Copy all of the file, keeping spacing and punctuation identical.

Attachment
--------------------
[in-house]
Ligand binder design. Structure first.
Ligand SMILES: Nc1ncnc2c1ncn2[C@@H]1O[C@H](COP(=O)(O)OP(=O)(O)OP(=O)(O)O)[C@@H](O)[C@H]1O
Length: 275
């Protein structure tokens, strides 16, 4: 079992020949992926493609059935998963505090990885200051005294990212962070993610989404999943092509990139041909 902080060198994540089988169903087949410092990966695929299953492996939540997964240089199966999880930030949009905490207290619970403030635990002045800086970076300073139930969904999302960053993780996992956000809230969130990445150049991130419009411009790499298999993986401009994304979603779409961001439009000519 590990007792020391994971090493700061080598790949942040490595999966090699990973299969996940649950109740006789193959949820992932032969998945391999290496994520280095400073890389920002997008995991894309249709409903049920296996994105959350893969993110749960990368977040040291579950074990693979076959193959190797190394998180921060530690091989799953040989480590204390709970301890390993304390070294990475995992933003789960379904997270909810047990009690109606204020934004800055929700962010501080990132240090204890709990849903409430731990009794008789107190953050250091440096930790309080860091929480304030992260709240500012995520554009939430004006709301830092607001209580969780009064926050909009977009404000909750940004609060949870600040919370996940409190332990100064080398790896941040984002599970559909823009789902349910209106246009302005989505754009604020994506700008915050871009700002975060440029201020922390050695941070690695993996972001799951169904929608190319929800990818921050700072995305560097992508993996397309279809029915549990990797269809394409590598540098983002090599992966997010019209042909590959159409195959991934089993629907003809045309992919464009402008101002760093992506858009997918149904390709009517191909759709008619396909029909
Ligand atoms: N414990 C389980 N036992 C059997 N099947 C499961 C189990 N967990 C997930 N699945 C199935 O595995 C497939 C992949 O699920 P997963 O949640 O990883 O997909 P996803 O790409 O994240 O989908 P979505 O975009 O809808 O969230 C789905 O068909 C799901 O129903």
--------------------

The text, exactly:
[in-house]
Ligand binder design. Structure first.
Ligand SMILES: Nc1ncnc2c1ncn2[C@@H]1O[C@H](COP(=O)(O)OP(=O)(O)OP(=O)(O)O)[C@@H](O)[C@H]1O
Length: 275
């Protein structure tokens, strides 16, 4: 079992020949992926493609059935998963505090990885200051005294990212962070993610989404999943092509990139041909 902080060198994540089988169903087949410092990966695929299953492996939540997964240089199966999880930030949009905490207290619970403030635990002045800086970076300073139930969904999302960053993780996992956000809230969130990445150049991130419009411009790499298999993986401009994304979603779409961001439009000519 590990007792020391994971090493700061080598790949942040490595999966090699990973299969996940649950109740006789193959949820992932032969998945391999290496994520280095400073890389920002997008995991894309249709409903049920296996994105959350893969993110749960990368977040040291579950074990693979076959193959190797190394998180921060530690091989799953040989480590204390709970301890390993304390070294990475995992933003789960379904997270909810047990009690109606204020934004800055929700962010501080990132240090204890709990849903409430731990009794008789107190953050250091440096930790309080860091929480304030992260709240500012995520554009939430004006709301830092607001209580969780009064926050909009977009404000909750940004609060949870600040919370996940409190332990100064080398790896941040984002599970559909823009789902349910209106246009302005989505754009604020994506700008915050871009700002975060440029201020922390050695941070690695993996972001799951169904929608190319929800990818921050700072995305560097992508993996397309279809029915549990990797269809394409590598540098983002090599992966997010019209042909590959159409195959991934089993629907003809045309992919464009402008101002760093992506858009997918149904390709009517191909759709008619396909029909
Ligand atoms: N414990 C389980 N036992 C059997 N099947 C499961 C189990 N967990 C997930 N699945 C199935 O595995 C497939 C992949 O699920 P997963 O949640 O990883 O997909 P996803 O790409 O994240 O989908 P979505 O975009 O809808 O969230 C789905 O068909 C799901 O129903």